Robert Eller

In an era less consumed with celebrity than our own, a group of the nation’s most famous men came to Hickory for a night’s stay. It barely made the news. On the night of August 28, 1918, inventor Thomas Edison, automobile manufacturer Henry Ford, and tire maker Harvey Firestone, arrived in town to NO fanfare.

Calling themselves the “Vagabonds,” they came as part of an almost annual event. During the summer, likely in an effort to be boys again, the quartet, which also included literary naturalist John Burroughs, took to the road to see the backcountry of the United States. They traveled as a group, sightseeing along the way. The 1914 itinerary took them to the Florida Everglades, the following year, California. With each trip, they brought tents and slept outdoors as they trekked around rural America. They cooked their meals by open fires, with a little help. After all, they were millionaires. On a later excursion, the President of the United States, Warren G. Harding, joined them for a bit. In the summer of 1918, they started in Pennsylvania, making their way down through West Virginia toward Tennessee and across the Great Smokey Mountains, crossing into the Tarheel state.

The distinguished visitors camped out until they got to Asheville. From there, apparently tired of roughing it, the Vagabonds wired ahead for hotel reservations. The gang arrived at around 10pm with little fuss since almost no one knew they were coming. After spending a comfortable night’s rest in Hickory’s most luxurious accommodation, the Hotel Huffrey, Ford and Firestone took a morning walk around town to “stretch their legs.” Edison hung out in the lobby, reading the Hickory Daily Record “from the first to the last page,” according to the hotel clerk who “kept his eyes on the Wizard, and said that’s what he did.” There was no mention of John Burroughs being a part of the entourage. He may have departed, along with the camping gear.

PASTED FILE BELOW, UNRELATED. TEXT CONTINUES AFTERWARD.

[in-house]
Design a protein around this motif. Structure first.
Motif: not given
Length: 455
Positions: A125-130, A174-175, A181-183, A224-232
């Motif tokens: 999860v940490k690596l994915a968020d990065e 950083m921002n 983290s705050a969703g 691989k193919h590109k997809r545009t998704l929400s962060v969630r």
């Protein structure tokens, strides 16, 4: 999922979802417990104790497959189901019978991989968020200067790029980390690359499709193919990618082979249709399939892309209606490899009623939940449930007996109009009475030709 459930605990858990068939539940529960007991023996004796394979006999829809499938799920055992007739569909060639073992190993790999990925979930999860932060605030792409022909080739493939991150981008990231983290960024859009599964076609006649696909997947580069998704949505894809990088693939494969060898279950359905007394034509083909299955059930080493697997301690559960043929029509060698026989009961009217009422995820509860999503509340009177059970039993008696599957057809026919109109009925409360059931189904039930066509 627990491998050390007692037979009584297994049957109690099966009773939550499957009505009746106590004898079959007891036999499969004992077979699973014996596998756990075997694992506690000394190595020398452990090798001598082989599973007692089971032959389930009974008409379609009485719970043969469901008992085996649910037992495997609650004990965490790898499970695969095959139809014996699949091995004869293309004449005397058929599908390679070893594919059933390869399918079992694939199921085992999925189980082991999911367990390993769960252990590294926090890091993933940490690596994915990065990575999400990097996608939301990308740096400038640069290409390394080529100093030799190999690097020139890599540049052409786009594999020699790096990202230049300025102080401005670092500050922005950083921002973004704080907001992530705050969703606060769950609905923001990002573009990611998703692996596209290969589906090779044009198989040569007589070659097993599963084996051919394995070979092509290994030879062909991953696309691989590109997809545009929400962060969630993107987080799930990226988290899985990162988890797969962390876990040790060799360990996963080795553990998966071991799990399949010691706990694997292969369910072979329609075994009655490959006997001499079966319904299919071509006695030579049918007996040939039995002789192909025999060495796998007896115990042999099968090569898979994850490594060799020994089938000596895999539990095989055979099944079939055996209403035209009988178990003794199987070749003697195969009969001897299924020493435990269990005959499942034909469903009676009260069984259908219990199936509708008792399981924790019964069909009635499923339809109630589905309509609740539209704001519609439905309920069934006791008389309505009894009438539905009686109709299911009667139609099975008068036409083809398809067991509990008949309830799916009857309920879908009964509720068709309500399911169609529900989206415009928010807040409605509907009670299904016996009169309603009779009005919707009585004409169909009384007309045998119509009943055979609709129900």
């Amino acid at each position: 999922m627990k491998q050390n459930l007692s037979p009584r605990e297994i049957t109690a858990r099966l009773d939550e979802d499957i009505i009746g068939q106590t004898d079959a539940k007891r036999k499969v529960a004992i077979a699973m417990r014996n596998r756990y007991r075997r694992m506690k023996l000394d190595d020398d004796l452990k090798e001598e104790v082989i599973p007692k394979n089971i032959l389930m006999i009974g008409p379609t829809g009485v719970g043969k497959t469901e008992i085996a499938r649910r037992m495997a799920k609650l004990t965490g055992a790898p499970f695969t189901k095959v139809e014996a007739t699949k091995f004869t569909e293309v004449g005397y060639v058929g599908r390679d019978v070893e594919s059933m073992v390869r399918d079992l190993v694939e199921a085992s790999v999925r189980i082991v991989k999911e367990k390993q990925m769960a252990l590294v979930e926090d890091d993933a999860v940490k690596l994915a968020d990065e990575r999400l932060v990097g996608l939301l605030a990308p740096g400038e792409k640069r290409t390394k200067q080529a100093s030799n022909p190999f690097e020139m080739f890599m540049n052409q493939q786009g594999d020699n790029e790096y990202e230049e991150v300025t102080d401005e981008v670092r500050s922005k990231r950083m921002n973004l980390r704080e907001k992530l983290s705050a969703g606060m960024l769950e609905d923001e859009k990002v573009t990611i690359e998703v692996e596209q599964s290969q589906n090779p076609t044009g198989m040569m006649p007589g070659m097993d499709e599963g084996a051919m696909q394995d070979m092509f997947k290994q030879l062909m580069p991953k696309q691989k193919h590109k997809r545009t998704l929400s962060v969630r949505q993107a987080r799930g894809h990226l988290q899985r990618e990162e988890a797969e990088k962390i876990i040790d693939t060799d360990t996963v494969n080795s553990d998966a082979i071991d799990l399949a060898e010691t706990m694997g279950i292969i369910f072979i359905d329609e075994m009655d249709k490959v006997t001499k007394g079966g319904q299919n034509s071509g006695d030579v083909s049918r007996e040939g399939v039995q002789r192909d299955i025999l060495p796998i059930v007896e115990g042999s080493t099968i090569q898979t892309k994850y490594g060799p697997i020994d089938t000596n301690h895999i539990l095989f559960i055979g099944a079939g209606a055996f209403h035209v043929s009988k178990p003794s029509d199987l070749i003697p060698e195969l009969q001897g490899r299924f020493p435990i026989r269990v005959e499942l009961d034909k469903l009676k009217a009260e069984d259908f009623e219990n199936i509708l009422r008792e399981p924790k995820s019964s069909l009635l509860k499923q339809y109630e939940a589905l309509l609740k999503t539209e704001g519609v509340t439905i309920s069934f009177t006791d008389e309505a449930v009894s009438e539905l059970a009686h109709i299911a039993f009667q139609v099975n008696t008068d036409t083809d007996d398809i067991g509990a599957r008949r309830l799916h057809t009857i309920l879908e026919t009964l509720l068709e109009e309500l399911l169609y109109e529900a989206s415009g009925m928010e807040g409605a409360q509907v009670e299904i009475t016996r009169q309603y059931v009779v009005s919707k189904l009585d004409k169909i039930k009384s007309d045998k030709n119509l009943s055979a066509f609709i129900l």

Vagabonds In Town

Photo: Ford, Edison and Firestone from their 1918 tour as Vagabonds. In Hickory, they stayed at the Hotel Huffrey.

Later that morning, the party reconvened with Ford, Firestone, and Edison spending an hour “talking with persons in the hotel lobby.” By then, word started to get out and a reporter showed up to ask the nationally-renowned gang their views on the big topic of the day, the Great War (World War I). Ford liked the idea that the conflict “was going our way,” a reference to Allied progress in the European war since the United States joined the fight against Germany and the Central Powers almost a year and a half earlier. Edison thought the war “would last two years yet.” His prediction was a bit off. In just over two months, the bloodshed would end, but while the Vagabonds were in town, and flashes from the front filled the front pages of the press, news of three wealthy old men was but barely reported.

By 8:30am, Edison, the “Wizard of Menlow Park”, the inventor who fostered creation of the phonograph and motion pictures, along with Ford, the man who made the automobile affordable for all Americans, and Firestone, the manufacturer who supplied tires for the automobile industry, had packed up the Packard automobile they were riding in, along with “a Ford and a Simplex in which their porters traveled,” and headed toward Statesville in their quest to end the trip back at Edison’s laboratories in New Jersey. It seems a Packard was a more comfortable car than a Ford.

Folks in Hickory went back to their daily activities, following the progress of the war and taking their brush with greatness in stride.